Organized producers in Sinaloa have been shutting gasoline outlets at various Pemex facilities for several days to press for better prices for their corn and wheat crops.
A fuel shortage seems imminent which could affect all transportation and with it, indeed, all activity in those areas.
These protests have been announced for months to pressure the government to control the prices of wheat, maize and jowar. Groups of producers from Baja California, Chihuahua, Sinaloa, Sonora and Tamaulipas have joined. Producers point out that industrialists do not give them fair prices; They now want to pay the Chicago stock price which is low, but refused to pay it when it was high.
They want the same guaranteed price offered for 1.8 million tonnes of corn and wheat from Sinaloa to apply to a total of 5 million tonnes produced this year.
The Governor of Sinaloa asked the producers to remove the blockades and attend a scheduled hearing with the Secretary of the Interior tomorrow, Monday. The producers are suspicious.
They point out that for months they have been denied any kind of dialogue and that the government is letting time pass because they already have to thresh. Since they do not have their own storage facilities at the time of harvest, they will be forced to sell at the price offered by the brewers.
It might be thought that a meeting with the Secretary of the Interior, without the presence of the Finance Secretary, the person who manages the budget, does not indicate a favorable resolution. This is not just a regional issue, what is happening in Sinaloa is just the tip of the iceberg.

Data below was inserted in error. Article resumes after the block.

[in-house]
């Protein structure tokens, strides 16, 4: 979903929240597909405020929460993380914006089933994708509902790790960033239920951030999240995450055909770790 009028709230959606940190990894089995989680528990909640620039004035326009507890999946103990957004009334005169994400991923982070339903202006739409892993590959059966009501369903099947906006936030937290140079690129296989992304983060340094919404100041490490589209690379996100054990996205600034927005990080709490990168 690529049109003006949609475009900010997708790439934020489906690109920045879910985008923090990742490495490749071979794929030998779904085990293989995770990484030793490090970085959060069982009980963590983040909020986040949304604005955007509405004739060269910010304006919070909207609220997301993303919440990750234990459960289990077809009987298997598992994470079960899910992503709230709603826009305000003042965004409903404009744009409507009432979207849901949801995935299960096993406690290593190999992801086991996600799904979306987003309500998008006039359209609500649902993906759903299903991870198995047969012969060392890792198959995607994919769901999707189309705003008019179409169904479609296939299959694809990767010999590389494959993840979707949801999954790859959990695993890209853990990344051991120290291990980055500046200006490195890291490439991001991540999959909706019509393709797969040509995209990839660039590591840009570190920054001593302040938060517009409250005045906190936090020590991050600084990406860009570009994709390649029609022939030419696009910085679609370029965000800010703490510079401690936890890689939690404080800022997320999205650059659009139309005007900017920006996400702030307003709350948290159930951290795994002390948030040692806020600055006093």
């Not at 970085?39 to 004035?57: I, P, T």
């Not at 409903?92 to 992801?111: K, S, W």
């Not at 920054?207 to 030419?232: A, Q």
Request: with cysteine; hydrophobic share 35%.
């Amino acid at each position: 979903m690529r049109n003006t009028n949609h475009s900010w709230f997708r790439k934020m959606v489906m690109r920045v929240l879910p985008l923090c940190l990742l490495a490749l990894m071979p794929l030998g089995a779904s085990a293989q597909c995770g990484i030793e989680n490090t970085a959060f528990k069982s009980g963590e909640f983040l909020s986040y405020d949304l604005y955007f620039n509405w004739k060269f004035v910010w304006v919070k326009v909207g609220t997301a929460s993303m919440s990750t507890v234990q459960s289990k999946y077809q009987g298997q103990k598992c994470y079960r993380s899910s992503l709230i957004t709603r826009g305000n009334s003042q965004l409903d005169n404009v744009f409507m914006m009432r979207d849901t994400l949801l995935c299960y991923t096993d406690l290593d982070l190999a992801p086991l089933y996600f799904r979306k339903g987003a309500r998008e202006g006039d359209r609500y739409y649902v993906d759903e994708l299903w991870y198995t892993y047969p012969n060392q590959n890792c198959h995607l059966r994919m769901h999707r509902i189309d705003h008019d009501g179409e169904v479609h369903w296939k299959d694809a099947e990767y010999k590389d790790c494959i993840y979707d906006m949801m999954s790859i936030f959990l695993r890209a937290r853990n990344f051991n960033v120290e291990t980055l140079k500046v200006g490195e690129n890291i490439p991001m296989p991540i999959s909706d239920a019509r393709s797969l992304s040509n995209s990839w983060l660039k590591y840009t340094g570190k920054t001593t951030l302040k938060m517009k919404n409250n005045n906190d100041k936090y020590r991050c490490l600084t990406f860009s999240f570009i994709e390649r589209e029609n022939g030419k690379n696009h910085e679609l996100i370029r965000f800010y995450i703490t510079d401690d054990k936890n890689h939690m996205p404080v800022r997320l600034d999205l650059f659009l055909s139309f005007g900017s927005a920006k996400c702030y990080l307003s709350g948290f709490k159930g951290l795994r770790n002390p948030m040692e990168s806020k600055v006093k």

These producers have the ability to organize and mobilize, and yet they cannot keep their word. The tip of the iceberg, the hidden part of the problem, is best represented in the fact that the country is set to become a major importer of corn at over 17 million tonnes in 2022.
This is a problem for the entire rural environment and is linked to a national development strategy that has neglected rural areas for decades.
Until a few years ago, the commercial producers of the north, which had the largest public investment in infrastructure and the greatest technological advances, were privileged. Later, in this administration, they joined the rest of the abandoned people.
Support for marketing and funding recently ceased. Over the years, pressure cookers that are commonplace in rural areas migrated to cities, and especially in the United States, in the form of a drain valve.
This has given rise to forms of formal and informal employment that do not pay enough to feed the family, says Konval; For the emigration of millions of people outside the country, the destruction of families and social cohesion in communities and age groups.
An unpreventable disaster, but now that the doors to emigration are closed and migrants are pouring in from Central America and even farther afield, it is urgent to solve. Only in rural areas would such a transformation be possible that allows millions of citizens to be sustained and even productively involved at relatively low cost.